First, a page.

With the Minidisc and Digital Compact Cassette, the benefits are mostly hype

By Steve Daly
Updated January 28, 1994 at 05:00 AM EST

It happens twice a year. Just after New Year’s and again in midsummer, TV morning shows and newspapers go gizmo happy, parading nifty innovations in electronic gear. Ostensibly they’re reporting ”news” from the Consumer Electronics Show, a giant convention whose primary role is to generate positive media buzz—and spur sales. This year, the coverage seems especially gushy regarding anything to which the words digital or interactive can be attached. But what’s the inside story on the technologies that have been hyped as the Next Big Things?

The MiniDisc

What It Is: Music on two and a half inch diskettes. You can access favorite tracks instantly, just like on a CD, and record your own customized discs, too (blanks run about $15).

What It Isn’t: An affordable alternative to the audiocassette, even though it’s being hawked as ”the ultimate cassette.” (Funny: there’s no cassette involved in an MD player, but Sony’s pitch does make a handy marketing peg now that stores have begun phasing out prerecorded tapes in favor of CDs.) Hampered by high prices (the newest portable MD player lists for $550), the format has found fewer than 50,000 customers. By contrast, CD-player sales hit 20.5 million last year. Sound quality is hardly better than a cassette’s and not as good as a CD’s; it leaves even drum machine-driven pop sounding thin.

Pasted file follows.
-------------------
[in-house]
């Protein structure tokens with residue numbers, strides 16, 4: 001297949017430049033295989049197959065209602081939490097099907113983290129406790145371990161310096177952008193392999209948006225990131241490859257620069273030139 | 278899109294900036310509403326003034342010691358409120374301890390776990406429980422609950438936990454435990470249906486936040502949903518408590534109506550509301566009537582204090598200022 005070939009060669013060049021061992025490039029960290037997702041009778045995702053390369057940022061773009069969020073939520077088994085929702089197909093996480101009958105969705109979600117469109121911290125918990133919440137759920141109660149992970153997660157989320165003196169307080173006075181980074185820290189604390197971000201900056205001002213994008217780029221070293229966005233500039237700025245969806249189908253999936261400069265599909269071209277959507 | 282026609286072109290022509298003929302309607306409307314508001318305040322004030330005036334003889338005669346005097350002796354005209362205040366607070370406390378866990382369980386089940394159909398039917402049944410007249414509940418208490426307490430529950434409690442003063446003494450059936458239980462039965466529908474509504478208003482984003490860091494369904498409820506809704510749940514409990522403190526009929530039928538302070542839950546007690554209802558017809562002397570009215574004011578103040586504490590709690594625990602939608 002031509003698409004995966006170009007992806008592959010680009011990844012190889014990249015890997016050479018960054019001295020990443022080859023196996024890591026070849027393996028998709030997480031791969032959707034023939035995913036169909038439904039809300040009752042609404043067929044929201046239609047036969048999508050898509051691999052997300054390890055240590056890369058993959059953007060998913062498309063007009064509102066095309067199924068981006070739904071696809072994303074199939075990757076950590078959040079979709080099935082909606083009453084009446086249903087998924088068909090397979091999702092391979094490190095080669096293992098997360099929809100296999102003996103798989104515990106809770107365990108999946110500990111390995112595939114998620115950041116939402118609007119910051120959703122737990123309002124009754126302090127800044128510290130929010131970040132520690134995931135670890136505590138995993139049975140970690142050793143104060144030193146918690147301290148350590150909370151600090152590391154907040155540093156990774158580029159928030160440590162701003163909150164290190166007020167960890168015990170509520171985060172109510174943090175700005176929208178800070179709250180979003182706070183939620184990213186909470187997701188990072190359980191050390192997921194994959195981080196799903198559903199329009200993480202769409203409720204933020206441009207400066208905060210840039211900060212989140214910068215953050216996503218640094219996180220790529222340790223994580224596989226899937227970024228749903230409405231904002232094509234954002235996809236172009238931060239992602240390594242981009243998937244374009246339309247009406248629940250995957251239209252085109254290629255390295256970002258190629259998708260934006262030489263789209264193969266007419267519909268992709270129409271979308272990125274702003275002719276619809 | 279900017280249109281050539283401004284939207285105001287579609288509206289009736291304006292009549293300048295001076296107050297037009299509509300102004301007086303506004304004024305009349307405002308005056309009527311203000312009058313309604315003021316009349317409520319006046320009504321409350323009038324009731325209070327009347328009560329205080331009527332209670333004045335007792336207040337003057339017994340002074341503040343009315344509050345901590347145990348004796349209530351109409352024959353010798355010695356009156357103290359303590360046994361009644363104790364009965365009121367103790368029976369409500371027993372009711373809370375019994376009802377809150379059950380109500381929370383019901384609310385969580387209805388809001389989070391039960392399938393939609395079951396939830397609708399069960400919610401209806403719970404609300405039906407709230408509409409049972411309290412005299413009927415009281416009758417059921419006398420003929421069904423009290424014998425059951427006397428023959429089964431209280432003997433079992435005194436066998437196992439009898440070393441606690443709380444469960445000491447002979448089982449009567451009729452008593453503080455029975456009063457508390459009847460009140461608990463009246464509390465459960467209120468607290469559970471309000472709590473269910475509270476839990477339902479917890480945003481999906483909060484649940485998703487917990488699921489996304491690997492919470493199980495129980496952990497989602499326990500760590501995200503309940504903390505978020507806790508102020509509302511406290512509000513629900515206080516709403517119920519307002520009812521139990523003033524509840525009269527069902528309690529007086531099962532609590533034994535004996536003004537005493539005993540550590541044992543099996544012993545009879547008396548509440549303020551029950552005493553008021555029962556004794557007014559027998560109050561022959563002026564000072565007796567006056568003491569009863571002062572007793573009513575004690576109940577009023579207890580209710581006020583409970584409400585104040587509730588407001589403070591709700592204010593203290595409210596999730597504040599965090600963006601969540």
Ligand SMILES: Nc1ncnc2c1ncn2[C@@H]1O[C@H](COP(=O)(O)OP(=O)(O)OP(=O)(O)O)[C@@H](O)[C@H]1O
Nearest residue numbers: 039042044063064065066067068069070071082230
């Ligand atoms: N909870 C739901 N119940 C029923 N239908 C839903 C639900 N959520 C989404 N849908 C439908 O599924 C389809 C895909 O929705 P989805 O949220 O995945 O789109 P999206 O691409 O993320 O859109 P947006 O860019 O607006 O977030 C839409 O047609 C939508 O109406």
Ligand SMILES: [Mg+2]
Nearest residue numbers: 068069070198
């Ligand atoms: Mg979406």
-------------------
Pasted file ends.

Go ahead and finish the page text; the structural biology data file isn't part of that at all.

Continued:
Where It Could Be in the Year 2000: Under a stone marked ”MD: DOA.”

The Digital Compact Cassette

What It Is: Basically a souped-up, shrunken VHS tape—except the sound is digitally recorded.

What It Isn’t: Cheap. Even though two DCC manufacturers, Technics/ Panasonic and Marantz, have drastically slashed prices, the simplest DCC players are still at least $550 list (half what prices were last year). You can’t get to your favorite tracks easily or quickly. With typical boom-box player/recorders under $100, who wants to pay so much for audiotapes—especially since DCC’s sound has some of the same data compression pitfalls as MiniDisc’s?

Where It Could Be in the Year 2000: In basements next to Beta VCRs.

The Video CD

What It Is: A disc that looks exactly like a CD but offers up to 74 minutes of full-motion images along with digital sound (but since it’s compressed, the sound’s not as detailed or clear as a CD’s).

What It Isn’t: A good way to watch movies, since most run at least 100 minutes and would require two discs. But even shorter programming, such as music-video compilations, isn’t well served by the format. As demonstrated at a crowded, hot convention kiosk (the better to discourage visitors, it seemed), video CDs of concert clips looked fuzzy and full of smeary visuals (picture Wayne and Garth having a flashback).

Where It Could Be in the Year 2000: Repackaged as the biggest damn hoop earrings in history.